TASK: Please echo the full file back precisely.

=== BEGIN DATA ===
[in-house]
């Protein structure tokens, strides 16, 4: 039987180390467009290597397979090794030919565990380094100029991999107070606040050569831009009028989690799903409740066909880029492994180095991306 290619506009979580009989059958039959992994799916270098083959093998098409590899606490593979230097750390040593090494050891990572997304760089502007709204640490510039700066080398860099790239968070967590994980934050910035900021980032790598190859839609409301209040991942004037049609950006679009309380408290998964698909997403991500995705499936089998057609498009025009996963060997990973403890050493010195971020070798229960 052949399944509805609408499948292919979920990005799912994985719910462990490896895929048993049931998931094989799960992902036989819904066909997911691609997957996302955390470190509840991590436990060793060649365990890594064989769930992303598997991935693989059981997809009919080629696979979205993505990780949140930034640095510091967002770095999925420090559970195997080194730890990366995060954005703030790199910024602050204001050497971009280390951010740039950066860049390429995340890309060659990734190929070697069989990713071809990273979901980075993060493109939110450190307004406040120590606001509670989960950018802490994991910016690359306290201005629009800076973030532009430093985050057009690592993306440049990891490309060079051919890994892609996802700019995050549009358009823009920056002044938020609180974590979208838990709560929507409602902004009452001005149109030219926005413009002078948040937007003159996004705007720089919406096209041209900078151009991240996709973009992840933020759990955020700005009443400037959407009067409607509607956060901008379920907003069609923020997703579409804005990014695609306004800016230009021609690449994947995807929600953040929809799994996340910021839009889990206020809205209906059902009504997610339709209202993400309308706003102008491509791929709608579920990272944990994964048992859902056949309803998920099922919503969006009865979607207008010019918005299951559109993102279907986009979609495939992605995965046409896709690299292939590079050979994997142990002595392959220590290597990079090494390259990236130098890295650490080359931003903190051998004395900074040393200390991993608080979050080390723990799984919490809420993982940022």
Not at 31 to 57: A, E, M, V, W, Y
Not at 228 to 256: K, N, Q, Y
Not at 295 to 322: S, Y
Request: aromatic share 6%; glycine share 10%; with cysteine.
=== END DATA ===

[in-house]
């Protein structure tokens, strides 16, 4: 039987180390467009290597397979090794030919565990380094100029991999107070606040050569831009009028989690799903409740066909880029492994180095991306 290619506009979580009989059958039959992994799916270098083959093998098409590899606490593979230097750390040593090494050891990572997304760089502007709204640490510039700066080398860099790239968070967590994980934050910035900021980032790598190859839609409301209040991942004037049609950006679009309380408290998964698909997403991500995705499936089998057609498009025009996963060997990973403890050493010195971020070798229960 052949399944509805609408499948292919979920990005799912994985719910462990490896895929048993049931998931094989799960992902036989819904066909997911691609997957996302955390470190509840991590436990060793060649365990890594064989769930992303598997991935693989059981997809009919080629696979979205993505990780949140930034640095510091967002770095999925420090559970195997080194730890990366995060954005703030790199910024602050204001050497971009280390951010740039950066860049390429995340890309060659990734190929070697069989990713071809990273979901980075993060493109939110450190307004406040120590606001509670989960950018802490994991910016690359306290201005629009800076973030532009430093985050057009690592993306440049990891490309060079051919890994892609996802700019995050549009358009823009920056002044938020609180974590979208838990709560929507409602902004009452001005149109030219926005413009002078948040937007003159996004705007720089919406096209041209900078151009991240996709973009992840933020759990955020700005009443400037959407009067409607509607956060901008379920907003069609923020997703579409804005990014695609306004800016230009021609690449994947995807929600953040929809799994996340910021839009889990206020809205209906059902009504997610339709209202993400309308706003102008491509791929709608579920990272944990994964048992859902056949309803998920099922919503969006009865979607207008010019918005299951559109993102279907986009979609495939992605995965046409896709690299292939590079050979994997142990002595392959220590290597990079090494390259990236130098890295650490080359931003903190051998004395900074040393200390991993608080979050080390723990799984919490809420993982940022």
Not at 31 to 57: A, E, M, V, W, Y
Not at 228 to 256: K, N, Q, Y
Not at 295 to 322: S, Y
Request: aromatic share 6%; glycine share 10%; with cysteine.